Sergey Maskalik

Sergey Maskalik's blog

In the pursuit of mastery

If you have been doing web development for some time I’m sure you have come across internet explorer caching feature. A less known redirect caching feature that was released in IE9 has just caused me a day of frustration and hopefully it will save you a day of nightmare.

From msdn article on caching improvements in IE9

Internet Explorer 9 now supports caching of HTTP redirect responses, as described by RFC 2616. Responses with Permanent Redirect status (301) are cacheable unless there are headers which forbid it (e.g. Cache-Control: no-cache) and those with Temporary Redirect status (302 or 307) are cacheable if there are headers which permit it (e.g. Cache-Control: max-age=120).

In that article it even warns developers that your “misconfigured” application might not work.

While this significantly improves performance, web applications that are misconfigured might not work as expected

So unless you are up to date on all msdn internet explorer blog posts you wouldn’t know that IE9 will cache your redirects unless you tell it not to. The problem with redirect caching is that if your server has some significant logic, like setting cookies on redirect it will no longer work in IE9, because the request will never be sent to the server.

What’s worse is that when you are trying to troubleshoot it present itself as bizarre behavior. You see redirect happening in the “Net” tab of developer tools but it never hits your server. Doesn’t hit any HttpModules or any part of asp.net request handling pipeline. And to add to insult Firefox works with no issues :) At one point you begin to imagine that maybe IE has some kind of a secret agreement with asp.net, but that’s just your brain looking for ridiculous ways to justify the problem.

So the rule of thumb: If you have a redirect that sets important cookies you will need to make sure that you tell IE not to cache the redirect. You can read more about caching headers or to fix this problem simply add following lines to your redirect code.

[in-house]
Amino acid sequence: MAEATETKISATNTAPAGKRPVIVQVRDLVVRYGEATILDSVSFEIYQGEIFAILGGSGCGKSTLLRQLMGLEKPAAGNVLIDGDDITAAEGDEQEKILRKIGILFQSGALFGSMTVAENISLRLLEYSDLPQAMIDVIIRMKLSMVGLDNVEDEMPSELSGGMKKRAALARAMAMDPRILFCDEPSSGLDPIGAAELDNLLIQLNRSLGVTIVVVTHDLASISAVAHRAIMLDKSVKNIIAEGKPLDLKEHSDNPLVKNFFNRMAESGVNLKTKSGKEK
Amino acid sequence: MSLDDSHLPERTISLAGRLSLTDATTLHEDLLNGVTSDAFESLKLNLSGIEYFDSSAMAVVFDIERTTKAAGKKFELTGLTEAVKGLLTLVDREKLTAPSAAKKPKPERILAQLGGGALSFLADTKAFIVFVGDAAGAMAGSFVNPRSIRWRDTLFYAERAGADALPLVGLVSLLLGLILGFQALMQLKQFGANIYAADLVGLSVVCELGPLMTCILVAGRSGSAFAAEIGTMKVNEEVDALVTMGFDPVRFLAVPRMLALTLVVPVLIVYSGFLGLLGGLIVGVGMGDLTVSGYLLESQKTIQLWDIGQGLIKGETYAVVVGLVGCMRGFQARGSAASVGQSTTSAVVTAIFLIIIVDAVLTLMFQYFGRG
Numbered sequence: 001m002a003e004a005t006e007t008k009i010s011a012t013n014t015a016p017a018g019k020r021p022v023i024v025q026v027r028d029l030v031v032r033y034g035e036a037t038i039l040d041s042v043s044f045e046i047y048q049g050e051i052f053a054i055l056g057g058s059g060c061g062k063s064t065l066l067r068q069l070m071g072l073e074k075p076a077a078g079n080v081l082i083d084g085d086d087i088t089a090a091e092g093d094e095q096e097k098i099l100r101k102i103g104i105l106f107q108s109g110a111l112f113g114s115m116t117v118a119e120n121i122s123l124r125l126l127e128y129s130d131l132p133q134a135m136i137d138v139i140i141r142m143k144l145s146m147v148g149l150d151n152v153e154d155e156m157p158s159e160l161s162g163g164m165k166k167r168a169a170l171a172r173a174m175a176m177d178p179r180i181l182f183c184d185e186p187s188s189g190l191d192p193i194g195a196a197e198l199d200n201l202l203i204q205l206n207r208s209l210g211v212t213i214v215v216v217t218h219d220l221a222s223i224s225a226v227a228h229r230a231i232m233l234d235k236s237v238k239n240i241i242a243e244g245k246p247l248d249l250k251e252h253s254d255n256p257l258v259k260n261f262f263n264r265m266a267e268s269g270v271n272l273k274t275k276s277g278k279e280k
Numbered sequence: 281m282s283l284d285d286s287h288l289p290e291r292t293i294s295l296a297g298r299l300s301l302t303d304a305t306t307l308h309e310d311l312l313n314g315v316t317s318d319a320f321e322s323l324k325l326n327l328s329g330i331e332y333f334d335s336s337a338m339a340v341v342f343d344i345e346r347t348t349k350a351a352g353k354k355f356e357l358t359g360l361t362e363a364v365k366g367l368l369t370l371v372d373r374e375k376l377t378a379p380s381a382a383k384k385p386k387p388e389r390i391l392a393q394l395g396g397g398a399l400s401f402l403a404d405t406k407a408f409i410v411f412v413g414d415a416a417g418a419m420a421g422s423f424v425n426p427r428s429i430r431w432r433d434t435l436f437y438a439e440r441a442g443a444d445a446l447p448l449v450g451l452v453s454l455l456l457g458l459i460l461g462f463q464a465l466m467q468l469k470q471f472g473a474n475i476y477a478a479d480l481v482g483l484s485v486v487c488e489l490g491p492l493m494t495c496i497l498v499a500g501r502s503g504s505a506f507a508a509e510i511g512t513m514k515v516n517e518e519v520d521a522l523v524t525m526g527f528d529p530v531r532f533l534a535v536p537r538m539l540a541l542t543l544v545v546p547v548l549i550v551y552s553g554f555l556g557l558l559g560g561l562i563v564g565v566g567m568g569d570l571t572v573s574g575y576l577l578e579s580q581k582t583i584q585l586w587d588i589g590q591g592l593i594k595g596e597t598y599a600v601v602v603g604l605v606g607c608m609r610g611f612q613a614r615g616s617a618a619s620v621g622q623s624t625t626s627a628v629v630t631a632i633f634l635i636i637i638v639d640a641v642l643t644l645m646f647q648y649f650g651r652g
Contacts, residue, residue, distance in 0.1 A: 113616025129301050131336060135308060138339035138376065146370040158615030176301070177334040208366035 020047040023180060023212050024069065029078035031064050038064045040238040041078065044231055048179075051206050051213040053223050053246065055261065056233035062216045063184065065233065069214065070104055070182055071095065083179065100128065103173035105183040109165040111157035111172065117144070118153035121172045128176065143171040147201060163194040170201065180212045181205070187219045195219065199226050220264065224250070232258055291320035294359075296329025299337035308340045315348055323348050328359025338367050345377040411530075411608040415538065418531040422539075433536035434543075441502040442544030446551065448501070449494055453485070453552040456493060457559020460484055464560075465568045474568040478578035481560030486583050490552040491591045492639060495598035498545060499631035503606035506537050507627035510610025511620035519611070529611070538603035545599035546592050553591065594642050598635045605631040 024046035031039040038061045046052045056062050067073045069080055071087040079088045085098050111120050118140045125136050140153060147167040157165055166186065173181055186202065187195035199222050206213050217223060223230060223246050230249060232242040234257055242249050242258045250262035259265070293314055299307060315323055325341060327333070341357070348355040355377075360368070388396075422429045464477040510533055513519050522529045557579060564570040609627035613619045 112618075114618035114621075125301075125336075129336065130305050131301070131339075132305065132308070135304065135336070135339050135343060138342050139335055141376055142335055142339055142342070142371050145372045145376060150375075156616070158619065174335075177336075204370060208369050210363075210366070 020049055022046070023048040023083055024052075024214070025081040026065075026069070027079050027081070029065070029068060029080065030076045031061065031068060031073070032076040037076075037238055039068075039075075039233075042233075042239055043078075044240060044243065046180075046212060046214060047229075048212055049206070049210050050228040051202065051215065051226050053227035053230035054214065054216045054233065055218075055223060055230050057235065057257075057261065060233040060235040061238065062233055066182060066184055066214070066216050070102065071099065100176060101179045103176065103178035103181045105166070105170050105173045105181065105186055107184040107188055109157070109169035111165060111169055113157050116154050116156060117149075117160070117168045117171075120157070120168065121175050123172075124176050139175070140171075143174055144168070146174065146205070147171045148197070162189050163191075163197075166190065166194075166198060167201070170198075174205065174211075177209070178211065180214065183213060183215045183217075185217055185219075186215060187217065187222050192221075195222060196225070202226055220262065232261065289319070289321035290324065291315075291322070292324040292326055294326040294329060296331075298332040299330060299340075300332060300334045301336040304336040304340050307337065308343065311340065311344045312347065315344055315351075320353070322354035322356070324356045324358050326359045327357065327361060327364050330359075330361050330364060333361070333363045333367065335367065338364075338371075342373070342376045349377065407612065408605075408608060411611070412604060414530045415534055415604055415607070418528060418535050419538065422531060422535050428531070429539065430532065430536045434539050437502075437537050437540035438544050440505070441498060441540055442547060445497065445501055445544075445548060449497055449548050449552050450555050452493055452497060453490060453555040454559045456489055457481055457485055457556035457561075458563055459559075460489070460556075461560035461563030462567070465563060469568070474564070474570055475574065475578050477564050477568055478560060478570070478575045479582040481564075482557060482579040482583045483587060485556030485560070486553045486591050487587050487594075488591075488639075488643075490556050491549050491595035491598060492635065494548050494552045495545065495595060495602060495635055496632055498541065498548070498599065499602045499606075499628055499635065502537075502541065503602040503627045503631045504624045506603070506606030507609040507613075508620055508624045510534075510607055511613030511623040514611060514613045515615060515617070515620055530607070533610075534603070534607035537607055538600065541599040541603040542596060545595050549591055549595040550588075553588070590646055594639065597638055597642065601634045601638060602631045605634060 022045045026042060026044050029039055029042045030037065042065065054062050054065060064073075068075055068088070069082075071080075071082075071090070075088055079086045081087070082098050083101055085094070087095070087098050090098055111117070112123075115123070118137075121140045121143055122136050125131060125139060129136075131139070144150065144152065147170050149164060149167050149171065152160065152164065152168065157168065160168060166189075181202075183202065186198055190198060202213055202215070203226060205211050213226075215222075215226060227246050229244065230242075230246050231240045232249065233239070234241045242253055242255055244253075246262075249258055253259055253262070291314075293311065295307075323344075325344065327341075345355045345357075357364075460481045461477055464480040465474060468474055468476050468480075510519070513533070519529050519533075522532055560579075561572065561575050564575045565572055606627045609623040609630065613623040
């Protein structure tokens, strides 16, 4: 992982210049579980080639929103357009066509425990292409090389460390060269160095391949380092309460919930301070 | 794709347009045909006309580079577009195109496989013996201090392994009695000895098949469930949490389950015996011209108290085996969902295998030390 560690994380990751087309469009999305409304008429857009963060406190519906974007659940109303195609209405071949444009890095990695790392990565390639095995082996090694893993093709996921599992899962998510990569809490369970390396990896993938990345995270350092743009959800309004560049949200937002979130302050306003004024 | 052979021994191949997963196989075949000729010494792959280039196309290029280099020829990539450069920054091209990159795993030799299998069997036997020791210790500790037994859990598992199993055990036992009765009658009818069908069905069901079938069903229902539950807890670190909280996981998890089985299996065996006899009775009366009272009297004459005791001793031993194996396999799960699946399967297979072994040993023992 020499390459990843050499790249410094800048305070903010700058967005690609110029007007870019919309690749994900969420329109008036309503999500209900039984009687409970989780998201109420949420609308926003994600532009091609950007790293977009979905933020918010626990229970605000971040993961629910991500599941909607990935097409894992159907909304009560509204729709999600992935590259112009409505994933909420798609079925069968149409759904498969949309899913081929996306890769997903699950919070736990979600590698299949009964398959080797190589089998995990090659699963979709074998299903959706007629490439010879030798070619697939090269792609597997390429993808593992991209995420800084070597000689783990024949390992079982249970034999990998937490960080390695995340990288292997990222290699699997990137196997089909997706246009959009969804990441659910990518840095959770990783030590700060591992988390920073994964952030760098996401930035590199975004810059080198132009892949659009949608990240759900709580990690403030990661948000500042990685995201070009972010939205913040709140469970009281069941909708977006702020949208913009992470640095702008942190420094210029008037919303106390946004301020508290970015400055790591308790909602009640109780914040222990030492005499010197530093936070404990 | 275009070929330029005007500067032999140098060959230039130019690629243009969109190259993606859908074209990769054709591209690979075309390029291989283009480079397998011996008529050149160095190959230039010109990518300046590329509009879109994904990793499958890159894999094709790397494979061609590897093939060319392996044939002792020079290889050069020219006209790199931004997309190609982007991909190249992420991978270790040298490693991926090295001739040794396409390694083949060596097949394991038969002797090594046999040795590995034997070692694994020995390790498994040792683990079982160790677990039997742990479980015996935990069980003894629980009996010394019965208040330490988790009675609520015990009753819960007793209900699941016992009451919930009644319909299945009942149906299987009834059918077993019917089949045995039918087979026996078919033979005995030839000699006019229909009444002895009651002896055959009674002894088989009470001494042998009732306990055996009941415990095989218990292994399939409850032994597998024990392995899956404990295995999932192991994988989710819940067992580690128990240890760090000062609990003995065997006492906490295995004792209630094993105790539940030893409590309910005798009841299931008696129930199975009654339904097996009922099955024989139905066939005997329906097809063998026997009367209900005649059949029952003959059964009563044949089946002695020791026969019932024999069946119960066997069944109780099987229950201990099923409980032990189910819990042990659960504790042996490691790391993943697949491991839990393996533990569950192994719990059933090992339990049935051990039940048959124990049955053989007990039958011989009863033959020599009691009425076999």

Response.Cache.SetNoStore();
Response.Cache.AppendCacheExtension("no-cache");

If you are using <httpCookies domain=".maskalik.com" /> element in your web.config you might think that all your cookies be default will have “.maskalik.com” domain set. I thought the same until I had to debug a weird problem where cookies were not being removed properly.

Let’s see if you can spot the problem, I certainly couldn’t at first. We are checking if cookie is already set and removing it if it is.

if (Request.Cookies["Color"] != null)
{
    HttpCookie colorCookie = Request.Cookies["Color"];
    colorCookie.Expires = DateTime.Now.AddDays(-1);
    Response.Cookies.Set(colorCookie);
}

By looking at the network tab in the internet explorer tools I can see that cookie that is being sent from the browser has a .maskalik.com domain. And server responds with expired cookie that has www.maskalik.com so the original cookie that browser sent does not match what the server sent therefore does not get removed. But how is that possible, all of our cookies should have domain specified by default. Apparently that’s not the case. If you look at the implementation of the System.Web.HttpCookie you can see that default values are only set when you create a cookie by using a constructor:

public HttpCookie(string name)
{
  this._name = name;
  **this.SetDefaultsFromConfig();**
  this._changed = true;
}

public HttpCookie(string name, string value)
{
  this._name = name;
  this._stringValue = value;
  **this.SetDefaultsFromConfig();**
  this._changed = true;
}

So when we read values from the Request.Cookies collection those values don’t have a domain set and we are expiring cookie with the different domain which doesn’t remove the original cookie.

So our fix would be pretty simple, instead of getting an existing cookie we create a new cookie with the same name that way the default domain is going to get properly set by HttpCookie constructor.

if (Request.Cookies["Color"] != null)
{
    HttpCookie colorCookie = new HttpCookie("Color");
    colorCookie.Expires = DateTime.Now.AddDays(-1);
    Response.Cookies.Set(colorCookie);
}

Lesson learned, hopefully it will help someone.

Immediate Function

Execute function as soon as it’s defined, variables declared inside have local function scope. Can return values or other functions.

var sayHello = (function() {
    var sometext = 'Hello world';
    return function() {
        return sometext;
    };
}());

Privacy, Module Pattern

Private variables can be hidden within the scope of a function, in the case below foo is a private variable.

var foo = (function() {
	//private
	var bar = "Hello I'm private";
	
	//public accessor
	return {
		getBar: function() {
			return bar;
		}
	}
}());

Since private variables will be recreated every time you can save memory by putting private variables into prototypes.

function Fast() {
}

Fast.prototype = (function() {
	//private 
	var fastFoo = "Hello I'm fast private Foo";
	//public prototype
	return {
		getFastFoo: function() {
			return fastFoo;
		}
	};
}());